Major UK airport expansion should be halted because disputed data underpinning the country's aviation strategy makes it impossible to weigh up the true impact of aviation, according to a critical new report.

A year-long study by the Sustainable Development Commission (SDC) and the Institute for Public Policy Research argues that the government should convene a special commission that seeks maximum consensus among stakeholders, incorporating recommended policy options based on updated information into its strategic framework for the development of airport capacity in the UK over the next 30 years.

"Breaking the holding pattern" also advises that proposed expansion at London Heathrow should be put on hold until the strategic framework has been reviewed.

Hugh Raven of the SDC says: "While we expected to find areas of conflict, we were unprepared for the level of fundamental disagreement over the data underpinning the government's whole aviation strategy."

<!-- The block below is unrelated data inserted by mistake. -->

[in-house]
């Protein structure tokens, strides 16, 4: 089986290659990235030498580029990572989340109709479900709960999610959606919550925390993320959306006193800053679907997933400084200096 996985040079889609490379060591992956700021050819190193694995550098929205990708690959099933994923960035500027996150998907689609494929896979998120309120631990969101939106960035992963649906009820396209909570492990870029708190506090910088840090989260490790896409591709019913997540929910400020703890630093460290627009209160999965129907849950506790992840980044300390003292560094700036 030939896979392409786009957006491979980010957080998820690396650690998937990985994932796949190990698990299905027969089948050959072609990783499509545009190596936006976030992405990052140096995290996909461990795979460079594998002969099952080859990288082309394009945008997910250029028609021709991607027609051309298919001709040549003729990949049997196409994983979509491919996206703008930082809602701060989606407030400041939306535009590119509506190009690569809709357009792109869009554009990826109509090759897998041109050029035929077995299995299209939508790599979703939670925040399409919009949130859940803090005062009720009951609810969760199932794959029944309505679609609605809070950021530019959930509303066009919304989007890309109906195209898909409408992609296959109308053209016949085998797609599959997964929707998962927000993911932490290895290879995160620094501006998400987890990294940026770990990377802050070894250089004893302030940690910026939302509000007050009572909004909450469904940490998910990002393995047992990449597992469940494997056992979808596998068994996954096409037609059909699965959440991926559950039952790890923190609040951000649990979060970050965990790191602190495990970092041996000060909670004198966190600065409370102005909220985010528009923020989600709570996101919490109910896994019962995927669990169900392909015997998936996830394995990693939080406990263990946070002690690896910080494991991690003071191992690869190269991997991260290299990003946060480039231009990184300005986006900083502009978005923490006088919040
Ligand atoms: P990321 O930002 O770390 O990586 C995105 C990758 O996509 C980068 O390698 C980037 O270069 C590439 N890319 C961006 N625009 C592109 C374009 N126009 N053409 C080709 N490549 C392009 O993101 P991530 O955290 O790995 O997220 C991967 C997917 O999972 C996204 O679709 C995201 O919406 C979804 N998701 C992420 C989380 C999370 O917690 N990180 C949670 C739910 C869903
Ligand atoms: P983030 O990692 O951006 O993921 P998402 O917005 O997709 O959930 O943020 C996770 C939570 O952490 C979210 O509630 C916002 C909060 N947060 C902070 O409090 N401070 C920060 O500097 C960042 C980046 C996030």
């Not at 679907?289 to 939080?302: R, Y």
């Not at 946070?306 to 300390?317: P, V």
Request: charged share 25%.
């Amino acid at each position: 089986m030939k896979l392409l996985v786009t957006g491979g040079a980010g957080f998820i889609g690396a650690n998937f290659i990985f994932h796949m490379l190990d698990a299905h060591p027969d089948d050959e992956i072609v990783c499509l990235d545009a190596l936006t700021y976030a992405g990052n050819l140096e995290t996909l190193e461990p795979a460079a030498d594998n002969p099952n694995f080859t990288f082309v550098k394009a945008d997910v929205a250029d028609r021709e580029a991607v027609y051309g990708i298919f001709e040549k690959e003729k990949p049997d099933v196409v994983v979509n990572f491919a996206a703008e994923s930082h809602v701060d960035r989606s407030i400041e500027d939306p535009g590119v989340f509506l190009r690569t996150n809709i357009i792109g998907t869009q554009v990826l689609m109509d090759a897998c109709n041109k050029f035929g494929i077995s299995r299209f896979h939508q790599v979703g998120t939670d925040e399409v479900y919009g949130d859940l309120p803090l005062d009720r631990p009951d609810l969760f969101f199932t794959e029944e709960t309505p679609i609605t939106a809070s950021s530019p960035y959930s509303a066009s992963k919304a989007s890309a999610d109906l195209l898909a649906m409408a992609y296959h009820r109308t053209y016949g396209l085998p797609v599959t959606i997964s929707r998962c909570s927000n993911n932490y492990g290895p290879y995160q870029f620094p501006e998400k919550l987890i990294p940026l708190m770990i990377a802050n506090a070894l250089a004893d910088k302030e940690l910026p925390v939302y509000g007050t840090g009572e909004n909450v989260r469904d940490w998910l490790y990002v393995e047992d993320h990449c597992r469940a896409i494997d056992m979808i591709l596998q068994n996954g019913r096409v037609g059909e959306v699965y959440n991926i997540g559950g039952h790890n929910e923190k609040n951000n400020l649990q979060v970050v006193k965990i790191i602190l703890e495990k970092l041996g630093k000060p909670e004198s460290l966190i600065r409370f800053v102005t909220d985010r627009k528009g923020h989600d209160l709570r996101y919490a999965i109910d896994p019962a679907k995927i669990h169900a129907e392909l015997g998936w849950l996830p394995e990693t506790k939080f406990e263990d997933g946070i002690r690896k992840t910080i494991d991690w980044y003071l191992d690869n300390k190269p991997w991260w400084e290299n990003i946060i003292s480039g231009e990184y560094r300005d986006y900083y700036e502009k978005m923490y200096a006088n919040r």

He says the commission would help settle wide differences in competing claims on air travel's economic benefits, its contribution to climate change, noise and air pollution, and the potential for technology to reduce environmental impacts.

The report also warns that decisions about UK aviation policy must not pre-empt UK and international policies addressing aviation's climate impacts, including the European Union's emissions trading scheme and the post-2012 Bali Roadmap.

The UK Department for Transport says it fundamentally disagrees with the report's findings. "It is simply wrong to claim that there is a consensus that the evidence base is flawed and, as the report admits, the most recently published background data on Heathrow was not even discussed.

"We strongly believe that the aviation industry must play its part in meeting its environmental costs which is why the government championed the inclusion of aviation in the EU ETS. But given that the government has conducted a widespread debate over the last six years, deferring a decision in favour of a further three year debate as this report suggests is not a serious option."

Source: Flight International